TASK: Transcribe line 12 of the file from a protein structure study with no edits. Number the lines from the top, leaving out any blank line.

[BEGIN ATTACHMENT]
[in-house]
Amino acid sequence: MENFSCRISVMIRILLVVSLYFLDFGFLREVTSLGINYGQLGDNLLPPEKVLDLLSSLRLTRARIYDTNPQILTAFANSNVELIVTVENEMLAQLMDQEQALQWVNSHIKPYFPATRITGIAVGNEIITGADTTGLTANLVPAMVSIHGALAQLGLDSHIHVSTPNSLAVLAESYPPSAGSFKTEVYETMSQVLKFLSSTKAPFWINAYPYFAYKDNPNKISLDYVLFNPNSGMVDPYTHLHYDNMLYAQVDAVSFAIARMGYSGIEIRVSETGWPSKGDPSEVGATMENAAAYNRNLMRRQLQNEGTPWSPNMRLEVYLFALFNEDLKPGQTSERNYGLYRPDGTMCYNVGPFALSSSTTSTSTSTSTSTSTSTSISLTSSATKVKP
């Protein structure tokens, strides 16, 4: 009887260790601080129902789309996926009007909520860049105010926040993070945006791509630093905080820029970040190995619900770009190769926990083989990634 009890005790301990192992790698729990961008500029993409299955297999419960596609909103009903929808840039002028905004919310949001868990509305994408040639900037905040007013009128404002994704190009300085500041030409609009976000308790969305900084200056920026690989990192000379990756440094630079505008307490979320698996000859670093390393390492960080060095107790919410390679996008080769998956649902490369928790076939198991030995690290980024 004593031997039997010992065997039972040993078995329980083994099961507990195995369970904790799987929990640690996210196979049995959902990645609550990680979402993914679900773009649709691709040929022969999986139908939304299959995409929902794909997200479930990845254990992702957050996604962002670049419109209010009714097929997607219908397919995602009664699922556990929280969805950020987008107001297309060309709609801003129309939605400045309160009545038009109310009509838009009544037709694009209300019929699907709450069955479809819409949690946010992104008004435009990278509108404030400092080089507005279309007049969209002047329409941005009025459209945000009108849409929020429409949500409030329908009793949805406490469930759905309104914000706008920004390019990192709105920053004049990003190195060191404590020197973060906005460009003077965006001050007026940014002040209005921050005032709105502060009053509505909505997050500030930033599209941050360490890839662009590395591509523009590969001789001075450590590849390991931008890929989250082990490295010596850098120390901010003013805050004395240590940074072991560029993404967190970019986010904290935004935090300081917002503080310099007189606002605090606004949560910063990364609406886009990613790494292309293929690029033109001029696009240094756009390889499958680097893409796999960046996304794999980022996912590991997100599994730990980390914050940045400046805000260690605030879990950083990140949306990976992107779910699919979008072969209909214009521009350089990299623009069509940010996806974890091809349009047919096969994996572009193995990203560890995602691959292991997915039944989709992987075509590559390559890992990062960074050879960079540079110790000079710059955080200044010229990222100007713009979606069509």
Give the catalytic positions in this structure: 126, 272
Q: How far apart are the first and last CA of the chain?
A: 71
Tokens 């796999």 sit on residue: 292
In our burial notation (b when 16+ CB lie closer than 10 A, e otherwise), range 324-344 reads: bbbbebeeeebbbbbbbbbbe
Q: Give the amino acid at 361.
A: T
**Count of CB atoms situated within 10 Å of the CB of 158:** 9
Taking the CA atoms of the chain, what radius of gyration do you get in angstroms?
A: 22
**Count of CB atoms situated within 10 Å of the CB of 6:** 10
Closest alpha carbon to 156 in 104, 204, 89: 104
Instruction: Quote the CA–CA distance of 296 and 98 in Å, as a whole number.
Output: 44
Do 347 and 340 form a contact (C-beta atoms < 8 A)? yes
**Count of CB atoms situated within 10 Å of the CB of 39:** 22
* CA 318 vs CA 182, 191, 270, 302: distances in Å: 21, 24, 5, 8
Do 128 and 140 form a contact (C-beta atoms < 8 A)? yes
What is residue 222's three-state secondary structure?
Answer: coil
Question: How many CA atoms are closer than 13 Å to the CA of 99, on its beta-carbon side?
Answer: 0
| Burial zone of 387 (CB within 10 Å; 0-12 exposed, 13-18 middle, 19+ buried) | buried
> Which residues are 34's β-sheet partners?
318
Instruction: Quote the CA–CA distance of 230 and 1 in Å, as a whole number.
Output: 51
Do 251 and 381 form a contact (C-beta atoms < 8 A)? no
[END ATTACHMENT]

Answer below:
Taking the CA atoms of the chain, what radius of gyration do you get in angstroms?